Topics in Science Fiction and Fantasy Literature. Subjects vary by semester. Representative topics: Tolkien's Middle Earth; The Hobbit; Survey of Science Fiction and Fantasy. May be repeated for credit with different content. Topics vary by offering; periodic offering at intervals that may exceed four years.
Open to Degree and CDE students
Climate change isn’t science fiction, but there’s plenty of thought-provoking science fiction about it, both cautionary tales and the more hopeful and aspirational sub-genre of 'solarpunk.' We’ll start the semester by reading and talking about the ways in which sci-fi can tackle the climate crisis more effectively than literary fiction and where it still falls short. Then, we’ll use journalism, non-fiction essays, and of course, fiction novels and short stories to examine how climate change threatens sustainable development and how lack of investment in sustainable development in turn contributes to climate change. We will read each work of fiction through the lens of one of the United Nations’ Sustainable Development Goals (SDGs), enabling you to see the intersections between goals. Through close reading and discussion, we will link the causes and impacts of the climate crisis with the specific, hypothesized events in the world each author creates and examine how those impacts both jeopardize the sustainability goals in question and emerge from failures to achieve sustainable development. This course fulfills the Sustainability requirement.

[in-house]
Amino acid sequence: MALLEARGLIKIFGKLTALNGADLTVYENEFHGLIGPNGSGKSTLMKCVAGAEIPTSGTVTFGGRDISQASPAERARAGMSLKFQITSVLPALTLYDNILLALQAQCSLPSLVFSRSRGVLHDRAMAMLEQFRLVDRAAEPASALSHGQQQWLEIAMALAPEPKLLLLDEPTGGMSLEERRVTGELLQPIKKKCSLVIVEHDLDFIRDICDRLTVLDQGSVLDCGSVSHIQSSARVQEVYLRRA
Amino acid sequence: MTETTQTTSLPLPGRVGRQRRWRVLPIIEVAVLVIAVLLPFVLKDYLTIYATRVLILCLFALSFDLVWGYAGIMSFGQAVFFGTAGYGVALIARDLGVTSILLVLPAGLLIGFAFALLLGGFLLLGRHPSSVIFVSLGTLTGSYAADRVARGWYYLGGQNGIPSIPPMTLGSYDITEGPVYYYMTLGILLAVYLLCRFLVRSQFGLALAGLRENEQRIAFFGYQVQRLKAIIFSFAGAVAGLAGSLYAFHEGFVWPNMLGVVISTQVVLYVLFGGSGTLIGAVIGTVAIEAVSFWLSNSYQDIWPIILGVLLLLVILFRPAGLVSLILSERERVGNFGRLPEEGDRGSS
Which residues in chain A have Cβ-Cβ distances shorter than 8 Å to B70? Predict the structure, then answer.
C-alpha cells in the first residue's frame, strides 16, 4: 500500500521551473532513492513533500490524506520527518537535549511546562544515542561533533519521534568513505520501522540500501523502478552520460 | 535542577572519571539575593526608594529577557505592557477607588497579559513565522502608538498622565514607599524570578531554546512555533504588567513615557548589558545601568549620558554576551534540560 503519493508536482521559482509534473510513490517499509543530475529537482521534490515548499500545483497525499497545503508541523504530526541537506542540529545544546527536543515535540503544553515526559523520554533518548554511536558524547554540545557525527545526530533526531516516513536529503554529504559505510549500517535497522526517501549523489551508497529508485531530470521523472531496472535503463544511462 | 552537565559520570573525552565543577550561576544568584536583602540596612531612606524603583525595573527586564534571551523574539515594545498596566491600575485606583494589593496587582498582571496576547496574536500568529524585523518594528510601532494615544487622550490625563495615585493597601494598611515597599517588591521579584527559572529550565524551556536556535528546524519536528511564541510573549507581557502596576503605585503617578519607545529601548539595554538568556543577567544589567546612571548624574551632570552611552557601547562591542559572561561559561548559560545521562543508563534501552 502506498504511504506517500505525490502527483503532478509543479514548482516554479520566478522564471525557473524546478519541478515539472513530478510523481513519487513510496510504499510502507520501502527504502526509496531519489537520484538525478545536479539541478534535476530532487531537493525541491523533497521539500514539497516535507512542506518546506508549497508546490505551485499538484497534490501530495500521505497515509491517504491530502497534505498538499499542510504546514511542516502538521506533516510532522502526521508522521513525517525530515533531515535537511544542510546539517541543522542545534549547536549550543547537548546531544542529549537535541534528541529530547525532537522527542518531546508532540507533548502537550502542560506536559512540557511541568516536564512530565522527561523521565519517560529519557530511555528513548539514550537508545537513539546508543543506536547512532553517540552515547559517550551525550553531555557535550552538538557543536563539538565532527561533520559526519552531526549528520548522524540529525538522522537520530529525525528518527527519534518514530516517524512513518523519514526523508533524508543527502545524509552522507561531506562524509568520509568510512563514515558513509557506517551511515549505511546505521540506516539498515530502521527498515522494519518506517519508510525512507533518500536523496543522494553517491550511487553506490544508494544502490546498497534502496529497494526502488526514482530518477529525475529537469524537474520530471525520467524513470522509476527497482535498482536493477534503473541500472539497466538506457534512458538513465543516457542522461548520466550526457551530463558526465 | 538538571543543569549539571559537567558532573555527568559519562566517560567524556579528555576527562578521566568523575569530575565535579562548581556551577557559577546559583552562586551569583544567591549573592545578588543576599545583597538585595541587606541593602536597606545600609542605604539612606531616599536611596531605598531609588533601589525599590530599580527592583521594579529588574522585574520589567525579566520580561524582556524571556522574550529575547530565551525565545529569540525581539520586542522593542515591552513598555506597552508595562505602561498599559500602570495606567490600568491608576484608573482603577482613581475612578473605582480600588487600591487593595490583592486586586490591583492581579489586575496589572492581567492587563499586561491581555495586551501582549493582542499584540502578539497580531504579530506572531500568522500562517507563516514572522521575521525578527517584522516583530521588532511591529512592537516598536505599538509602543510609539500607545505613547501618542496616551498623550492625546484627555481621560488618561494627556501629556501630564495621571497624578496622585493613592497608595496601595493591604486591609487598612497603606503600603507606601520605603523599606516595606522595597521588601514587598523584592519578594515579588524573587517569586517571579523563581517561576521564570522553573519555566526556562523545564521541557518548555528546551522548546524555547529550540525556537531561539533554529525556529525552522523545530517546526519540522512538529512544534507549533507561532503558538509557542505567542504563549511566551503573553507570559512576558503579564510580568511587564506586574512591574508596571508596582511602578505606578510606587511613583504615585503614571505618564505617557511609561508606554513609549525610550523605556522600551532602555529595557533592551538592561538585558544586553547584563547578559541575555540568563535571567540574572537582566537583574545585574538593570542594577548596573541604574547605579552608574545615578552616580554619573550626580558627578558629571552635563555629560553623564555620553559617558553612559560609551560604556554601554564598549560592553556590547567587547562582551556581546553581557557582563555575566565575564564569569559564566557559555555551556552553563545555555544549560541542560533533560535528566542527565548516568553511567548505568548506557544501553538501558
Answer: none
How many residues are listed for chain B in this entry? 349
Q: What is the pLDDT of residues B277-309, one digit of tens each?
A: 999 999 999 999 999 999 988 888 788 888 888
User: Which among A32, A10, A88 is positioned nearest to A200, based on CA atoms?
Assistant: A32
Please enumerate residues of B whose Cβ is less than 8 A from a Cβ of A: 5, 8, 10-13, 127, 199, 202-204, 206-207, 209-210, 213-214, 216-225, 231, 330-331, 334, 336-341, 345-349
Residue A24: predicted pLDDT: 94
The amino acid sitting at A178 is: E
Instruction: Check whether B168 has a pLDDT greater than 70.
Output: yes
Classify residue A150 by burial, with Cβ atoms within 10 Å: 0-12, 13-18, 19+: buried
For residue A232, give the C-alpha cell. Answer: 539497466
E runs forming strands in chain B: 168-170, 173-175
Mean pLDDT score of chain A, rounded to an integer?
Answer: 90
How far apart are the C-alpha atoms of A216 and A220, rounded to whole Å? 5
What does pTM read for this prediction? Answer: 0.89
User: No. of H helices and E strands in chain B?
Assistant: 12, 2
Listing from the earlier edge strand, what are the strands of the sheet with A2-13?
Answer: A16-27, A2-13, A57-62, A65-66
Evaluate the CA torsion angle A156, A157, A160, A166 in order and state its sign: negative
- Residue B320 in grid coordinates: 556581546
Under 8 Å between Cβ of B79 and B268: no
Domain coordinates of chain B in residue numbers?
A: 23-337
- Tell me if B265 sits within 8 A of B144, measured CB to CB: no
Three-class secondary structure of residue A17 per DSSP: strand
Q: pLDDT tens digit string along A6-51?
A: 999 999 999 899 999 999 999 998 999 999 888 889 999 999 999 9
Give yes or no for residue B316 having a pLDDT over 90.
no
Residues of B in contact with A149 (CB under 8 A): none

This course is primarily discussion-based. Required materials: 1. The Great Derangement: Climate Change and the Unthinkable (Amitav Ghosh, ISBN 978-0226526812). 2. Oryx and Crake (Margaret Atwood, ISBN 978-0385721677) 3. Parable of the Sower (Octavia Butler, ISBN 978-1538732182) 4. Blackfish City (Sam Miller, ISBN 978-0062684875) Any editions of these books will be fine, and all are available in e-book format. We will begin reading The Great Derangement the first week of class, so you must have it by then. (I also encourage you to consider starting to read it before classes start, as it is a meaty and sometimes challenging read.)
Grading will include attendance and participation, brief reading responses, an annotated bibliography, a group research presentation, and a short story. This course uses 'Specifications Grading.' (Details to be provided.)
Lafayette Hall L102 (View Campus Map)
to on Monday, Wednesday and Friday
Note: These dates may change before registration begins.
Note: These dates may not be accurate for select courses during the Summer Session.
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